TechMassacre near Avdiivka: Russians lose incredibly rare vehicle

Massacre near Avdiivka: Russians lose incredibly rare vehicle

Russian BTR-90 lost near Avdiivka.
Russian BTR-90 lost near Avdiivka.
Images source: © X (formerly Twitter) | Cloooud

8:41 PM EST, December 11, 2023

In the region of Avdiivka, relentless attacks by the Russians have resulted in significant equipment losses. Among the most notable losses is an armored vehicle named the BTR-90, of which only 12 units exist in the world.

The battle for Avdiivka has proven to be vigorous, with both sides deploying their best forces. The Ukrainian 47th Mechanized Brigade has fielded M2A2 Bradley ODS Infantry Fighting Vehicles (IFVs) for example. On the Russian side, units like the BTR-90 armored transporters; intended successors to the aging BTR-80, have been notable.

Likely falling victim to artillery or 'kamikaze' drones which often track down individual Russian soldiers, this vehicle's loss is significant. The silver lining, however, is that the BTR-90 did not completely burn out. This implies that either side may be able to recover and possibly restore it in the future.

The BTR-90: The Abandoned Final Evolution of Russian BTR Transporters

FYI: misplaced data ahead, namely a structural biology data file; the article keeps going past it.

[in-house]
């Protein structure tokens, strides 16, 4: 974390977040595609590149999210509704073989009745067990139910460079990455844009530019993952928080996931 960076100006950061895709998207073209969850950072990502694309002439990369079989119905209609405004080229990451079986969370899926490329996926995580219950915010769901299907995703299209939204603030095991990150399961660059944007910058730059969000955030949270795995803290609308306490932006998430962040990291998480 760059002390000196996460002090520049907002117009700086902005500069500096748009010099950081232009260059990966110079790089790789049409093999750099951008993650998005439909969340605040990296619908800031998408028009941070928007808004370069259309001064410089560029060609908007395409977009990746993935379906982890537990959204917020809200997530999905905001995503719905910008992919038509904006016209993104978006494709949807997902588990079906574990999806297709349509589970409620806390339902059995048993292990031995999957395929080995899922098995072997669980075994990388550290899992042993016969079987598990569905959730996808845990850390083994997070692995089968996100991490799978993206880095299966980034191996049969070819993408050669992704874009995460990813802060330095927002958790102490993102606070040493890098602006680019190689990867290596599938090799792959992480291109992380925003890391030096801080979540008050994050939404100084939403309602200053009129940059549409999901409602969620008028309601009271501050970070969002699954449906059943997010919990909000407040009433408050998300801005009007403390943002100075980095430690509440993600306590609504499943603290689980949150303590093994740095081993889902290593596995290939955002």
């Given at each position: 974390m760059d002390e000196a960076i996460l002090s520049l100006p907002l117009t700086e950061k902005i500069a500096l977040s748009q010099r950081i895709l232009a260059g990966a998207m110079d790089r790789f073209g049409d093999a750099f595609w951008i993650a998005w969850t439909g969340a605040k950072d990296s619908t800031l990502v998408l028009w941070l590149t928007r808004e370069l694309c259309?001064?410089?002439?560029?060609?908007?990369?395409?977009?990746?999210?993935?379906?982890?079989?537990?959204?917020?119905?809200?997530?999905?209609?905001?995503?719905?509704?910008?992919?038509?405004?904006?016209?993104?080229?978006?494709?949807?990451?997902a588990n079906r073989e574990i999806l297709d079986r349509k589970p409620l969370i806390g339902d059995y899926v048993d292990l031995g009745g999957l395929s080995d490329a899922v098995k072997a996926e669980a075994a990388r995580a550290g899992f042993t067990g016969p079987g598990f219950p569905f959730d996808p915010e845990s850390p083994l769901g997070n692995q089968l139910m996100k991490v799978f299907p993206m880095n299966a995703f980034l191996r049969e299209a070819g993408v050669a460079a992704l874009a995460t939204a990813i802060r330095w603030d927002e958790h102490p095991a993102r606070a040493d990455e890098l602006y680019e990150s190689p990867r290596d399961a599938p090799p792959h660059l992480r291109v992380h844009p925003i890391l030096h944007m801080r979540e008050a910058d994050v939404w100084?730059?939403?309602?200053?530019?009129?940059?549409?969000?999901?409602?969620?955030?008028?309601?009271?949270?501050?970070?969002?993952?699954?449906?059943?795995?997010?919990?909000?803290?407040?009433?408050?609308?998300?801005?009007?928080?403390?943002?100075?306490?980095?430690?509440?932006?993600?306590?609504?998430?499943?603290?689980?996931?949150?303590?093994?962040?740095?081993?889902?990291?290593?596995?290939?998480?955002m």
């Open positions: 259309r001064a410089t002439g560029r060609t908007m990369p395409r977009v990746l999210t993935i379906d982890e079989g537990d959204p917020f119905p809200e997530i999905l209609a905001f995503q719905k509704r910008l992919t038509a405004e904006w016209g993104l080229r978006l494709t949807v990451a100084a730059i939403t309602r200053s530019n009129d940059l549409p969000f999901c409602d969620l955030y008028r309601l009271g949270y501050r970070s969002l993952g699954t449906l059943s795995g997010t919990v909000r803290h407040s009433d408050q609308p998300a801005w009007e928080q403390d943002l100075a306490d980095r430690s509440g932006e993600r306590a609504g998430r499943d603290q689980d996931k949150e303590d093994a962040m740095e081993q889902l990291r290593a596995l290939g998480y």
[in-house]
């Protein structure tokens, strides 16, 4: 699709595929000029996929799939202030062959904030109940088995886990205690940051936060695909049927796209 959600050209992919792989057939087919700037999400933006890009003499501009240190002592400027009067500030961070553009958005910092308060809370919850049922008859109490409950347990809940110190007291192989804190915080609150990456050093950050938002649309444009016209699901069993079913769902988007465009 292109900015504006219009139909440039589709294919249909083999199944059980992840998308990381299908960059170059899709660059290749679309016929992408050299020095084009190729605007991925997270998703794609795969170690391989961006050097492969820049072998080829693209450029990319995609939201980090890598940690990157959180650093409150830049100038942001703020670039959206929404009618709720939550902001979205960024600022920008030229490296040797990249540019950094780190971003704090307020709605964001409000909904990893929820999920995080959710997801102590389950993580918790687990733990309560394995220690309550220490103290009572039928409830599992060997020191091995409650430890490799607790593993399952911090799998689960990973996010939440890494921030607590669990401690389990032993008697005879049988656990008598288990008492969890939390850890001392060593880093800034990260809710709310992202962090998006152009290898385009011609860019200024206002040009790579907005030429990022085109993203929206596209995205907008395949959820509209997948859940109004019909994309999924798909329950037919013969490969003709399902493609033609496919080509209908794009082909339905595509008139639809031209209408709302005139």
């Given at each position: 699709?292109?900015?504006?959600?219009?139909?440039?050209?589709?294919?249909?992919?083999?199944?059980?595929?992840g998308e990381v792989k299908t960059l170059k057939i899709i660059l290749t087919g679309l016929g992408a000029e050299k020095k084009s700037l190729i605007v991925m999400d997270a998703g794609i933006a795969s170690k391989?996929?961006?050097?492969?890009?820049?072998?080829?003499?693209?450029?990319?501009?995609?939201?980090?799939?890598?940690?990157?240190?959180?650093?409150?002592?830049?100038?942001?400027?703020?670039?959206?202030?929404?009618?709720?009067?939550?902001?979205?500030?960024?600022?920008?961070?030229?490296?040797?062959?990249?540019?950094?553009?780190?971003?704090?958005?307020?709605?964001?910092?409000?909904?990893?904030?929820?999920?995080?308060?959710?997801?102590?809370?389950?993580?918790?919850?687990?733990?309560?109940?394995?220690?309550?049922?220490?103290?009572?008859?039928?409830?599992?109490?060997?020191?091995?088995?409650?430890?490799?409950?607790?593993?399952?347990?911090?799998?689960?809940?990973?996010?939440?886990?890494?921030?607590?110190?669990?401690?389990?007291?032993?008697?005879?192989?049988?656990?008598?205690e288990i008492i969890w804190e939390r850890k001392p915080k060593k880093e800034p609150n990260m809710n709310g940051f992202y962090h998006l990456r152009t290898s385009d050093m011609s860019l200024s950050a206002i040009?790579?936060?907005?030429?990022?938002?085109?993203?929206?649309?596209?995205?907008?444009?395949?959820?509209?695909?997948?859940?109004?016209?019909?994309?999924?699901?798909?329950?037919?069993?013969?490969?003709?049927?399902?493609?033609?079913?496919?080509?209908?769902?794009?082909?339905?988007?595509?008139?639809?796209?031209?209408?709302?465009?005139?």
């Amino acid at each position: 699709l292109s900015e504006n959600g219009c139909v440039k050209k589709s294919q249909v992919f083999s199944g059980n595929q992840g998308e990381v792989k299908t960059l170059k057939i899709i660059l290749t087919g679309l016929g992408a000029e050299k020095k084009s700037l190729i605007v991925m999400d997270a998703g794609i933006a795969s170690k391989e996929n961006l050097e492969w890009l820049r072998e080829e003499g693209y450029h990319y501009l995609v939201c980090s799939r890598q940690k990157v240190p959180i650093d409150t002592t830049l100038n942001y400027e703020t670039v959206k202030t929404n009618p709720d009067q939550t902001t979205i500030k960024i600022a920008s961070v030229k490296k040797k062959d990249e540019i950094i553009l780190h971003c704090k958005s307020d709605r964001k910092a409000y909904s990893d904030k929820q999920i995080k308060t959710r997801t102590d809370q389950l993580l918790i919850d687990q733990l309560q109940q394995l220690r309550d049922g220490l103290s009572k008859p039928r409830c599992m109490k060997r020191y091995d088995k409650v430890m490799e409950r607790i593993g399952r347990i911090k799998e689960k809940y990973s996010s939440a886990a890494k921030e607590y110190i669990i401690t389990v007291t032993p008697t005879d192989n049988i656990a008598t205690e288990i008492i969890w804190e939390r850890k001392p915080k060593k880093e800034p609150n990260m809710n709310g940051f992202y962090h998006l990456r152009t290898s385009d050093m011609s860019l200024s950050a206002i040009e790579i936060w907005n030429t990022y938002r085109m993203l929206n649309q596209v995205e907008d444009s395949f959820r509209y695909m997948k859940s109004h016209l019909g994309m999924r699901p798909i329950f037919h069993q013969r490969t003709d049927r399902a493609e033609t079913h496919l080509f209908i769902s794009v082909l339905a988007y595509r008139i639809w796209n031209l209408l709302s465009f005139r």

Introduced in 1994 following the dissolution of the USSR, the BTR-90 was the brainchild of engineers at the Arzamas Machine-Building Plant (AMZ). The vehicle was intended to succeed the previous BTR-80 transporters by rectifying several design flaws.

The main enhancements included a redesign of the front armor to eliminate identifiable hatches from older models, thereby enhancing ballistic protection. The second significant change was the inclusion of a turret sourced from the BMP-2. This turret was equipped with a 30mm automatic 2A42 gun, a 30mm AGS-17 machine gun, and a launcher with four 9M113 Konkurs anti-tank guided missiles.

Additional modifications entailed widening the side doors for embarking forces and implementing a V-shaped hull to resist mines better. As a result, a heavily armed machine was created. It weighed 48,502 lbs and could accommodate a three-person crew and up to seven infantry soldiers.

The Russian army inducted the BTR-90 into service in 2008. However, after producing just 12 units in the initial batch, production was halted in 2011 due to budget cuts. The strategic focus shifted towards a more cost-effective modernization of the older BTR-80A units to the BTR-82A standard.

Related content